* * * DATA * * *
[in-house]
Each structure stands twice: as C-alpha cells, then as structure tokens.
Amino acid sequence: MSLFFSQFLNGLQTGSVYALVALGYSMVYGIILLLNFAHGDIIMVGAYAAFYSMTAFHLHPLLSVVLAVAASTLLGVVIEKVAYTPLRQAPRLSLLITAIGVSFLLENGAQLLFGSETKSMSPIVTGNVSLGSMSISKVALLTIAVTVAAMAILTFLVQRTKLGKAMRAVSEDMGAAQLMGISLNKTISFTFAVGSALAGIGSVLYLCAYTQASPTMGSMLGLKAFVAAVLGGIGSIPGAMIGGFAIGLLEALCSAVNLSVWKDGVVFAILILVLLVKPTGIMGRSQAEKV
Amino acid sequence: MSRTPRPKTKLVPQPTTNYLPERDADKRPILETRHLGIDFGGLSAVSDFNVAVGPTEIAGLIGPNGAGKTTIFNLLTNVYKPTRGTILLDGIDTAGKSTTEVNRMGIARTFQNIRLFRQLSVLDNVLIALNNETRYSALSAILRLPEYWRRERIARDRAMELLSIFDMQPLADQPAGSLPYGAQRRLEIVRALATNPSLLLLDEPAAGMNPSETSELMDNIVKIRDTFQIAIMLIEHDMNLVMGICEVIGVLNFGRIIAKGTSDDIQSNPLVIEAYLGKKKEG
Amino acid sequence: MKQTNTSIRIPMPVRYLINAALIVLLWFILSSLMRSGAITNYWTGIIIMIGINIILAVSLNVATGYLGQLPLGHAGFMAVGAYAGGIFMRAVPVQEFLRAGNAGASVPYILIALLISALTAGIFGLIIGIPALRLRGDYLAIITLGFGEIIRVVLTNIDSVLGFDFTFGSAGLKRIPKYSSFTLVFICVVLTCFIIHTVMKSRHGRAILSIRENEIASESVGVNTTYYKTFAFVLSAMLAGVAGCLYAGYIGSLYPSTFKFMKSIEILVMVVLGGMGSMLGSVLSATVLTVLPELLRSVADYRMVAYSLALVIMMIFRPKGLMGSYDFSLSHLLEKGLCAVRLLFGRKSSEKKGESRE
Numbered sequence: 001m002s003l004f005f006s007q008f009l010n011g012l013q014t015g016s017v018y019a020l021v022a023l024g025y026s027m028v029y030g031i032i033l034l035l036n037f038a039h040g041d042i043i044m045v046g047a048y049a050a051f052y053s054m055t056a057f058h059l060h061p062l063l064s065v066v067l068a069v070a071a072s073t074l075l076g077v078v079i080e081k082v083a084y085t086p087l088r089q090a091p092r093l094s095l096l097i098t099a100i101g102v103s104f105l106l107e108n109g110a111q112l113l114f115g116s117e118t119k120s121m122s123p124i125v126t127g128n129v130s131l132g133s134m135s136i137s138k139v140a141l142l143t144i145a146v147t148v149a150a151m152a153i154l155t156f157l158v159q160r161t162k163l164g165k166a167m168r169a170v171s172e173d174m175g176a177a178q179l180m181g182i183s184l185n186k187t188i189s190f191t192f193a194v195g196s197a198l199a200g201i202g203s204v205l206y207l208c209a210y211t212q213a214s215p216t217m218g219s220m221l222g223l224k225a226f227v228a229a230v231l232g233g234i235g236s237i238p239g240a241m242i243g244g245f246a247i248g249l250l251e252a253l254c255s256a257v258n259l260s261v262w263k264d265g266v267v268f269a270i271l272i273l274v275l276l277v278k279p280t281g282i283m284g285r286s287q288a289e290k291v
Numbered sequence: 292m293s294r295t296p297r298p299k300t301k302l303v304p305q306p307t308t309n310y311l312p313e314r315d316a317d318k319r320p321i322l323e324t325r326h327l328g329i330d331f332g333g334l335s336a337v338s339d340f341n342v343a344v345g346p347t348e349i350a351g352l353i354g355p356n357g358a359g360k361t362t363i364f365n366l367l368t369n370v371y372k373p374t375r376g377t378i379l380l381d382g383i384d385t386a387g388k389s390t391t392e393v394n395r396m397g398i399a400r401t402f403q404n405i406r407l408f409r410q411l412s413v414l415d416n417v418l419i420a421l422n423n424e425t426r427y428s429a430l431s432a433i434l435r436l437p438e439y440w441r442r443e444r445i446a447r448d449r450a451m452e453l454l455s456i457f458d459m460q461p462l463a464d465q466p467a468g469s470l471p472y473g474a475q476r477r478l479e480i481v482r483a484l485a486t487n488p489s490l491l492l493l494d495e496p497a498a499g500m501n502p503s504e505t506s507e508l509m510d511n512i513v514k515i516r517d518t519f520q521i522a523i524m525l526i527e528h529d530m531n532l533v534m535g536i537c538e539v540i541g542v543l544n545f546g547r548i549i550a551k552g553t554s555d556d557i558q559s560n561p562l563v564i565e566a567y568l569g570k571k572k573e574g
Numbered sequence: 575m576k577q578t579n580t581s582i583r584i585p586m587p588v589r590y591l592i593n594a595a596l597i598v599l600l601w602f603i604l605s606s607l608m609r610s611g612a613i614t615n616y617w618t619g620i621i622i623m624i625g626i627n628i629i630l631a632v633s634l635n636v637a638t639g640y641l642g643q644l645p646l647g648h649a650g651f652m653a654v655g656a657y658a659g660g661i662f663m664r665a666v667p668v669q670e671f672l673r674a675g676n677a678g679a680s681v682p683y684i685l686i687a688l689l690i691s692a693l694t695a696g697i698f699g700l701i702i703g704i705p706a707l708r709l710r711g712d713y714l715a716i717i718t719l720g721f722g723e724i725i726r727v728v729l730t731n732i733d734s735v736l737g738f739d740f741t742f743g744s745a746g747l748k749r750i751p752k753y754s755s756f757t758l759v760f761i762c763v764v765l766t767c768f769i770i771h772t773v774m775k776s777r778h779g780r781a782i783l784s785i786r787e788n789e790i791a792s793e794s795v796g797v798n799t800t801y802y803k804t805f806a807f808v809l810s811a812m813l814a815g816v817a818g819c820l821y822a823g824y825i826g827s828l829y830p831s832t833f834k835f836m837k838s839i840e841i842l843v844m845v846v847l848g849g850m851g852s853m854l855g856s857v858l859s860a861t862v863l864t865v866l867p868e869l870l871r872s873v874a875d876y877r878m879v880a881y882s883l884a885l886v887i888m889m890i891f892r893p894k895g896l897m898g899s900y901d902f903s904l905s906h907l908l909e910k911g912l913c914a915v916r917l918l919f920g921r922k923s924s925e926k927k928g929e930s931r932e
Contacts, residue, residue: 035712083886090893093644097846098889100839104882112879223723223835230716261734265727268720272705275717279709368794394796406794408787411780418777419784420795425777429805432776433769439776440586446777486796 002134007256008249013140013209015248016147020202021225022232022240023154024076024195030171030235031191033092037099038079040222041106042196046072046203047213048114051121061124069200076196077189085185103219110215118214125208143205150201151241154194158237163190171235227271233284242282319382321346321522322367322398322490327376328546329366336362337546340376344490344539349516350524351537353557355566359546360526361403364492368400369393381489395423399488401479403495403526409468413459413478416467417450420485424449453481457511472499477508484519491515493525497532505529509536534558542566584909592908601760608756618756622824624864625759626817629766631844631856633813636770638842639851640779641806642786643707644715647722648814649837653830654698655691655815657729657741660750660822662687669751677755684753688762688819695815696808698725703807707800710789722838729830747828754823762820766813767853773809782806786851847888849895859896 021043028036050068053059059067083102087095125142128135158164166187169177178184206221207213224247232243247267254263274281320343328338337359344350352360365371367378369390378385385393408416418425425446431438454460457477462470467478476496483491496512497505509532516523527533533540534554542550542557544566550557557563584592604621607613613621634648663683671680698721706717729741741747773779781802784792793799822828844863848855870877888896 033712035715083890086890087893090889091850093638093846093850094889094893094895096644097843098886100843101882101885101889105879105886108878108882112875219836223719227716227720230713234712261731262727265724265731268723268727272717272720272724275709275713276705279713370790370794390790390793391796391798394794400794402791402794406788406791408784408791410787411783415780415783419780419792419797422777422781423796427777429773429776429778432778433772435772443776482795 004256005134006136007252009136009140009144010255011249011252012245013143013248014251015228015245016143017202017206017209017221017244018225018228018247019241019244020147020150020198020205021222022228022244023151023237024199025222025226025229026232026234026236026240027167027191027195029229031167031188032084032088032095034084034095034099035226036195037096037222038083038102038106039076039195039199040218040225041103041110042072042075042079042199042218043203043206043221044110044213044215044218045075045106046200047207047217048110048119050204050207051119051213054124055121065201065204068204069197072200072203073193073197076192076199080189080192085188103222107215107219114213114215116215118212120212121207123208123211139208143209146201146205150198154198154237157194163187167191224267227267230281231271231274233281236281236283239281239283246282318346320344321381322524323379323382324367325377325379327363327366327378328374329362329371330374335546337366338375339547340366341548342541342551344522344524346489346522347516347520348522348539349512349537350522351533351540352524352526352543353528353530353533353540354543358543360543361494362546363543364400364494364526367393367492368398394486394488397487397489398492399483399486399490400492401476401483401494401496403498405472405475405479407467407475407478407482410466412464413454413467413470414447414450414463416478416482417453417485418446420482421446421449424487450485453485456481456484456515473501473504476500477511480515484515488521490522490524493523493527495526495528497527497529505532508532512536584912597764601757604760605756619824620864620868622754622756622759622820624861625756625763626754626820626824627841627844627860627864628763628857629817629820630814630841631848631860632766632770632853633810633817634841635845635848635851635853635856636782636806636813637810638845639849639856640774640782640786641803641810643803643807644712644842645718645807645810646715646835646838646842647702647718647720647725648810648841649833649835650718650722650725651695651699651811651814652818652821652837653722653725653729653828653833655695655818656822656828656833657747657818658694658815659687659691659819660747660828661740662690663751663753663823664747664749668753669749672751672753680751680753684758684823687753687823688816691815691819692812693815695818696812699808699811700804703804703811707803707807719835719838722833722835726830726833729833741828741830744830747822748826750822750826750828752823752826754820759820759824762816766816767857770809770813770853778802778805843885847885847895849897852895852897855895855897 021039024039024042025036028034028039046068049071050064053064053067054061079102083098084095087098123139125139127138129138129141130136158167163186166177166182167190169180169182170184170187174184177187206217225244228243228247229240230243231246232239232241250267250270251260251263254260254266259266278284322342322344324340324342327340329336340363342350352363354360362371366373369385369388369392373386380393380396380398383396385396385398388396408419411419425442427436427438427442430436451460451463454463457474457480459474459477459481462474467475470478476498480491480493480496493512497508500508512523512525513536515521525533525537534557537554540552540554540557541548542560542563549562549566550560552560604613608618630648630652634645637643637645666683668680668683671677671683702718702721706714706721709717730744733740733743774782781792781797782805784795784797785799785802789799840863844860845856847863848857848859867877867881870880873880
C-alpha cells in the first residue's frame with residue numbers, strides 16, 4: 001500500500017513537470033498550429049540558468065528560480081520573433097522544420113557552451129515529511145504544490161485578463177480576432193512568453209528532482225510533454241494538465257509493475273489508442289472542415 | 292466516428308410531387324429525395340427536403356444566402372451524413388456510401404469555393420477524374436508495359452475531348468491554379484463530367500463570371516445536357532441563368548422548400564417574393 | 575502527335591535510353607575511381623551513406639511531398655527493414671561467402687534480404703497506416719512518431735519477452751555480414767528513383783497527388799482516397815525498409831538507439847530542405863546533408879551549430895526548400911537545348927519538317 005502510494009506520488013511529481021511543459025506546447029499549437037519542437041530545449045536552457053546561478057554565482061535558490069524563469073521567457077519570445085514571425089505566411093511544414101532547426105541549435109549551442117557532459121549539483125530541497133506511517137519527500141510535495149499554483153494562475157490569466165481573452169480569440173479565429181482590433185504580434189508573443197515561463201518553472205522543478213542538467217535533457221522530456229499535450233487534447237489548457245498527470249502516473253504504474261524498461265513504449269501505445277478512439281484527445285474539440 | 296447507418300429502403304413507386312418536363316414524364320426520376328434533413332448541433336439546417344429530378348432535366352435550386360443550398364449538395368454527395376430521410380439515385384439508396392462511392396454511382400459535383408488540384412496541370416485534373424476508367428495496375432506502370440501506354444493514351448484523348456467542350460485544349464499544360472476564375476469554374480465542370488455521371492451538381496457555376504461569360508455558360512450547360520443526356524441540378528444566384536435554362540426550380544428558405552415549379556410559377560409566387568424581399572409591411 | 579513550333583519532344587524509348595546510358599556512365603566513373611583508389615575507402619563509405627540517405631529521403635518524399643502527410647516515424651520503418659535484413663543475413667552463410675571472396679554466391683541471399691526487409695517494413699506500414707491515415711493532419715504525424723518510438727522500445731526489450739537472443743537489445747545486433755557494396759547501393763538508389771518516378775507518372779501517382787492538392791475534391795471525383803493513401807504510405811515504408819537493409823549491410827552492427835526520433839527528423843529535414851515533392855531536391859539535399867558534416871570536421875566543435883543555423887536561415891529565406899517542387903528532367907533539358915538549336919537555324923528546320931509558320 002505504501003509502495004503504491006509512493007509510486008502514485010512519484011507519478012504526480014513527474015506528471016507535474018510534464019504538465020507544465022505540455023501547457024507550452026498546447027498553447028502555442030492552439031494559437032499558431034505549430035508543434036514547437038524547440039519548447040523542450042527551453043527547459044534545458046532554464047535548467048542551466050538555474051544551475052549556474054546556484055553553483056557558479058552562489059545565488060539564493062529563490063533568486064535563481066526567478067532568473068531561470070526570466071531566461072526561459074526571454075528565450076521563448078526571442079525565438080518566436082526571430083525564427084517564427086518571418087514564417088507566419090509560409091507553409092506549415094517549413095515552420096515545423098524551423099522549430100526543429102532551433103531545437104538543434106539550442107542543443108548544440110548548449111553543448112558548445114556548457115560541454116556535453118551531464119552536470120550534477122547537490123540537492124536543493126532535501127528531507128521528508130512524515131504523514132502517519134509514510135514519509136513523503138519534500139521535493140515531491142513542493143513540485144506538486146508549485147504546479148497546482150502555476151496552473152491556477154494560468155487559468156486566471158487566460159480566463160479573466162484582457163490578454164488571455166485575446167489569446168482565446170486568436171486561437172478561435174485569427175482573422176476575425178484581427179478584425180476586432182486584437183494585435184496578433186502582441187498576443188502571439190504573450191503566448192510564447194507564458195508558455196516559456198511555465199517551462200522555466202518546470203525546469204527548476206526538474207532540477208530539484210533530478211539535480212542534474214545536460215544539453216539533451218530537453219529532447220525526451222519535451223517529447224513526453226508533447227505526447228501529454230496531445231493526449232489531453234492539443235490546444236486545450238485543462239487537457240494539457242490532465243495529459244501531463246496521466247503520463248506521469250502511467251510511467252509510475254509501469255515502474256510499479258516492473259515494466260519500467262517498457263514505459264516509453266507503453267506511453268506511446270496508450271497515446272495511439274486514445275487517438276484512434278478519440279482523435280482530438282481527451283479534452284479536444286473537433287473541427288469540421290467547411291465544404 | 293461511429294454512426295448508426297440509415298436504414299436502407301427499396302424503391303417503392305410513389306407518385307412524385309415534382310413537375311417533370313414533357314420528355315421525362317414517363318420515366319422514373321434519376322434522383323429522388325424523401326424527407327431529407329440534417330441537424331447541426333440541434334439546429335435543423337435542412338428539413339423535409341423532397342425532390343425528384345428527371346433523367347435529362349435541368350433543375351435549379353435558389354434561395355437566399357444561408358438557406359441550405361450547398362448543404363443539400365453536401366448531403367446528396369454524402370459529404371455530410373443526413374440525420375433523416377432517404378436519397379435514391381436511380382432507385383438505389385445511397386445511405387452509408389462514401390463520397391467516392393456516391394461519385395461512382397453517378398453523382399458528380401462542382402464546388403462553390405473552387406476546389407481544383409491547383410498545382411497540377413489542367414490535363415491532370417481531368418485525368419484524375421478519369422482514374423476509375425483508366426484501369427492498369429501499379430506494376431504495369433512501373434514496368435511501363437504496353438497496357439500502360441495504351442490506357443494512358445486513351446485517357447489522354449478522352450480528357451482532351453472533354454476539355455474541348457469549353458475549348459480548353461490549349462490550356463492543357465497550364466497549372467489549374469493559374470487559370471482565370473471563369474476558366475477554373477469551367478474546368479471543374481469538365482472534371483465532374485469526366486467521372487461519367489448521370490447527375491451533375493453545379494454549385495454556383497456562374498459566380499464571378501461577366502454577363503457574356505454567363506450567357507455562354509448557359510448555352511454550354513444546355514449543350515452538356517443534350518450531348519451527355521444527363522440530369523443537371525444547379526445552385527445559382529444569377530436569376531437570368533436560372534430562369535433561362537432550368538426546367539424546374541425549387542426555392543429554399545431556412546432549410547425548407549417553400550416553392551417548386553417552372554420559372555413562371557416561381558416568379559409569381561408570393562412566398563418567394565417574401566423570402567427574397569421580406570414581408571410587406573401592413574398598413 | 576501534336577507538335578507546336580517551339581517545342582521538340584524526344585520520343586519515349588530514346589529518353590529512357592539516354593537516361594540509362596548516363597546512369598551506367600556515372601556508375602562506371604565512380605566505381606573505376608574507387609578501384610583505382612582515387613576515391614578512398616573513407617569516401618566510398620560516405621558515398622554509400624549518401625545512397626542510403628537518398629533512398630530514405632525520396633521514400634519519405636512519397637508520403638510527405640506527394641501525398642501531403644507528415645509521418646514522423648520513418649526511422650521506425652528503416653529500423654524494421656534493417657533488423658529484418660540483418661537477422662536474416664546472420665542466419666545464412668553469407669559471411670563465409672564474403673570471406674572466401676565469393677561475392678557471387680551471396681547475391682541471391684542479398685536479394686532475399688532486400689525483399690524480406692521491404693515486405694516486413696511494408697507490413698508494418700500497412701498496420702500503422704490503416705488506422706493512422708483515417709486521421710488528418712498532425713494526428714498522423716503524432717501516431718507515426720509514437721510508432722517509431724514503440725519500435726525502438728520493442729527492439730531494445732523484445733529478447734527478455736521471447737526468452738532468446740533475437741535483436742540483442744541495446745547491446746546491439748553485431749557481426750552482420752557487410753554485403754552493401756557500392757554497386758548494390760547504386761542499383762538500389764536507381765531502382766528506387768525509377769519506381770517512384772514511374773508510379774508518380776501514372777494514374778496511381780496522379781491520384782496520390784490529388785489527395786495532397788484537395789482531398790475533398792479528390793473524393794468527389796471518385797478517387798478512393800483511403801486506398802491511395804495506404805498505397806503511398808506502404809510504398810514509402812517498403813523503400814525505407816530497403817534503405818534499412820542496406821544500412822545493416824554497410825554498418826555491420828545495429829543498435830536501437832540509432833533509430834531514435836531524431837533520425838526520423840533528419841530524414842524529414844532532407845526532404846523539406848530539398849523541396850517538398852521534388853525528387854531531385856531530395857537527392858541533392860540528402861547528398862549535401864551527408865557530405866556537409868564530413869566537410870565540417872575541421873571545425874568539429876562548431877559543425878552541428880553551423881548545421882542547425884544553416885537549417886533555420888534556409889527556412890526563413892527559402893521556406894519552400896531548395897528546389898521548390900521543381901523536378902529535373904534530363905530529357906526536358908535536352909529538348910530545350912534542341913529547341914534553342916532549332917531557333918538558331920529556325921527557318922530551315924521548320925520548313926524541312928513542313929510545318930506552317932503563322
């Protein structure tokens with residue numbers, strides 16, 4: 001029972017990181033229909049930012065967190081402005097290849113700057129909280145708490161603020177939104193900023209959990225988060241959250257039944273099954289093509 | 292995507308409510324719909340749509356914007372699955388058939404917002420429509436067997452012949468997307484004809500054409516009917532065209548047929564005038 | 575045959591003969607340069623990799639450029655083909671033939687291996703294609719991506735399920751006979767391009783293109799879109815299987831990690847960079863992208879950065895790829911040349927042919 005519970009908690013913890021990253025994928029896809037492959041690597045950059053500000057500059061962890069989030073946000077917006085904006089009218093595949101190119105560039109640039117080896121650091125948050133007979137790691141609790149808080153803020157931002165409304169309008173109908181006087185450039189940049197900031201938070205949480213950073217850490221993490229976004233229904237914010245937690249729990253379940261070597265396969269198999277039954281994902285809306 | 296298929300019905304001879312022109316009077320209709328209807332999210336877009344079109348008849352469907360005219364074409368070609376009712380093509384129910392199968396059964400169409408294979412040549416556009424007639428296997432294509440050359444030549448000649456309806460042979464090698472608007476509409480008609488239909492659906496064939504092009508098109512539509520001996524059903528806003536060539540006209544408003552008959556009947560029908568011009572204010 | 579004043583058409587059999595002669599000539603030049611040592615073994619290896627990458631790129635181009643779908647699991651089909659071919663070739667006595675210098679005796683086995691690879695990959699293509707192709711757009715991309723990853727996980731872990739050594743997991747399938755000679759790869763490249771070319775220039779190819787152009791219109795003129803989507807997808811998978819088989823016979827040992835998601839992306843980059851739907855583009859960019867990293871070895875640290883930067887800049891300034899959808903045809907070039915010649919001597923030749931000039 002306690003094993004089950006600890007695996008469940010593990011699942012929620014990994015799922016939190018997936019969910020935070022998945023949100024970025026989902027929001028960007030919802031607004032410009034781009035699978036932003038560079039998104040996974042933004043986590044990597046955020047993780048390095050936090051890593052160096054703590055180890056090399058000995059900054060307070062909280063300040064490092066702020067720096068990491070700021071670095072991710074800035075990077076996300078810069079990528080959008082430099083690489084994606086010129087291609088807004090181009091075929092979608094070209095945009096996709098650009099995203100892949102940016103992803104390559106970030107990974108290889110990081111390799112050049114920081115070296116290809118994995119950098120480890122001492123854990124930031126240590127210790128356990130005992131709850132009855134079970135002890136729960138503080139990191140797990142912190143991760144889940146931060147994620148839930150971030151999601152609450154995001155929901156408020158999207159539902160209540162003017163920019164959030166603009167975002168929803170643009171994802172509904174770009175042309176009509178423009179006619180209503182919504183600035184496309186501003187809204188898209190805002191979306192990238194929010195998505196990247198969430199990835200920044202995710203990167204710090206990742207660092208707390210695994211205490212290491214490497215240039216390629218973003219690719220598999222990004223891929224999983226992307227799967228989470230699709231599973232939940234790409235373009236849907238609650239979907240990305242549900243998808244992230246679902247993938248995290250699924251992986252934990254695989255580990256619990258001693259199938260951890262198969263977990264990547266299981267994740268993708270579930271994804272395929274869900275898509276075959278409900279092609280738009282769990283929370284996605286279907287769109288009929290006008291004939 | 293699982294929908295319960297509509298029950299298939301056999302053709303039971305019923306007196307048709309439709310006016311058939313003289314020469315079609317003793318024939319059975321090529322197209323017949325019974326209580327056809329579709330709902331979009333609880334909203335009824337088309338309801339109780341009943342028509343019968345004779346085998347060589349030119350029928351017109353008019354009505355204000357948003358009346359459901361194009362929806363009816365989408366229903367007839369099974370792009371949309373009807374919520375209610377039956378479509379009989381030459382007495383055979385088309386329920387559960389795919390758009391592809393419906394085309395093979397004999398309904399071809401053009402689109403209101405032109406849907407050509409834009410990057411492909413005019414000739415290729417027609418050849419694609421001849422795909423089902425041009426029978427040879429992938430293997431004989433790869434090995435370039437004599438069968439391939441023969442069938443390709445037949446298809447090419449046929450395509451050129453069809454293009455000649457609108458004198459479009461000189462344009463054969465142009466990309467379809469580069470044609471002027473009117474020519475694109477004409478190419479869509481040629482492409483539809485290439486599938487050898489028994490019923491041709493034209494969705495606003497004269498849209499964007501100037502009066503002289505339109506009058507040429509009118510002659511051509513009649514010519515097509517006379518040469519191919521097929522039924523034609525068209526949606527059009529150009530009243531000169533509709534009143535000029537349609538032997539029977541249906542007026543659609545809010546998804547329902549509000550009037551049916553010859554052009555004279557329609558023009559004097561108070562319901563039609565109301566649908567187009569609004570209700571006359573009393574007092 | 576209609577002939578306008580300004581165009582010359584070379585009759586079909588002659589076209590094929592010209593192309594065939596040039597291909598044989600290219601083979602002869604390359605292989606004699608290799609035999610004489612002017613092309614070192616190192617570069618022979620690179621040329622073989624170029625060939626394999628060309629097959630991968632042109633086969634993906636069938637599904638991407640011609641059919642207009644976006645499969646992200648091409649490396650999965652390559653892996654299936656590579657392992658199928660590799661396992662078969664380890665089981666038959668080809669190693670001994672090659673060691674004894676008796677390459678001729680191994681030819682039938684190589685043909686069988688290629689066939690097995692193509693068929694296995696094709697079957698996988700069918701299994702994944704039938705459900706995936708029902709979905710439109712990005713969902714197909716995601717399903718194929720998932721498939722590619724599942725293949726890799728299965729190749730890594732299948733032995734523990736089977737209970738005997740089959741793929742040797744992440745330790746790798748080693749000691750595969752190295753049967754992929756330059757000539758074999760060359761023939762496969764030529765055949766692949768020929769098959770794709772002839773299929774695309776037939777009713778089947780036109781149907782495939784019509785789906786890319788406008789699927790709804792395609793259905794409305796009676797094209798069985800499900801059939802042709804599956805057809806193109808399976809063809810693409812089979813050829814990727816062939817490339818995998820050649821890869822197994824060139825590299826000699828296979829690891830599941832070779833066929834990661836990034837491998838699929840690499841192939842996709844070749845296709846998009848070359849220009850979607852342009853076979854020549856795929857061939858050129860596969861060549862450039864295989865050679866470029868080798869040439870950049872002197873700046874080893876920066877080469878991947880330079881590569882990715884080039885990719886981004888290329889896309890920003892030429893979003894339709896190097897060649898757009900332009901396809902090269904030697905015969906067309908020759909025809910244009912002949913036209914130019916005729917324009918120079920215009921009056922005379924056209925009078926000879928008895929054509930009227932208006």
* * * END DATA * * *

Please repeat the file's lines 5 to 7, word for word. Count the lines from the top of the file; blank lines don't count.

Amino acid sequence: MKQTNTSIRIPMPVRYLINAALIVLLWFILSSLMRSGAITNYWTGIIIMIGINIILAVSLNVATGYLGQLPLGHAGFMAVGAYAGGIFMRAVPVQEFLRAGNAGASVPYILIALLISALTAGIFGLIIGIPALRLRGDYLAIITLGFGEIIRVVLTNIDSVLGFDFTFGSAGLKRIPKYSSFTLVFICVVLTCFIIHTVMKSRHGRAILSIRENEIASESVGVNTTYYKTFAFVLSAMLAGVAGCLYAGYIGSLYPSTFKFMKSIEILVMVVLGGMGSMLGSVLSATVLTVLPELLRSVADYRMVAYSLALVIMMIFRPKGLMGSYDFSLSHLLEKGLCAVRLLFGRKSSEKKGESRE
Numbered sequence: 001m002s003l004f005f006s007q008f009l010n011g012l013q014t015g016s017v018y019a020l021v022a023l024g025y026s027m028v029y030g031i032i033l034l035l036n037f038a039h040g041d042i043i044m045v046g047a048y049a050a051f052y053s054m055t056a057f058h059l060h061p062l063l064s065v066v067l068a069v070a071a072s073t074l075l076g077v078v079i080e081k082v083a084y085t086p087l088r089q090a091p092r093l094s095l096l097i098t099a100i101g102v103s104f105l106l107e108n109g110a111q112l113l114f115g116s117e118t119k120s121m122s123p124i125v126t127g128n129v130s131l132g133s134m135s136i137s138k139v140a141l142l143t144i145a146v147t148v149a150a151m152a153i154l155t156f157l158v159q160r161t162k163l164g165k166a167m168r169a170v171s172e173d174m175g176a177a178q179l180m181g182i183s184l185n186k187t188i189s190f191t192f193a194v195g196s197a198l199a200g201i202g203s204v205l206y207l208c209a210y211t212q213a214s215p216t217m218g219s220m221l222g223l224k225a226f227v228a229a230v231l232g233g234i235g236s237i238p239g240a241m242i243g244g245f246a247i248g249l250l251e252a253l254c255s256a257v258n259l260s261v262w263k264d265g266v267v268f269a270i271l272i273l274v275l276l277v278k279p280t281g282i283m284g285r286s287q288a289e290k291v
Numbered sequence: 292m293s294r295t296p297r298p299k300t301k302l303v304p305q306p307t308t309n310y311l312p313e314r315d316a317d318k319r320p321i322l323e324t325r326h327l328g329i330d331f332g333g334l335s336a337v338s339d340f341n342v343a344v345g346p347t348e349i350a351g352l353i354g355p356n357g358a359g360k361t362t363i364f365n366l367l368t369n370v371y372k373p374t375r376g377t378i379l380l381d382g383i384d385t386a387g388k389s390t391t392e393v394n395r396m397g398i399a400r401t402f403q404n405i406r407l408f409r410q411l412s413v414l415d416n417v418l419i420a421l422n423n424e425t426r427y428s429a430l431s432a433i434l435r436l437p438e439y440w441r442r443e444r445i446a447r448d449r450a451m452e453l454l455s456i457f458d459m460q461p462l463a464d465q466p467a468g469s470l471p472y473g474a475q476r477r478l479e480i481v482r483a484l485a486t487n488p489s490l491l492l493l494d495e496p497a498a499g500m501n502p503s504e505t506s507e508l509m510d511n512i513v514k515i516r517d518t519f520q521i522a523i524m525l526i527e528h529d530m531n532l533v534m535g536i537c538e539v540i541g542v543l544n545f546g547r548i549i550a551k552g553t554s555d556d557i558q559s560n561p562l563v564i565e566a567y568l569g570k571k572k573e574g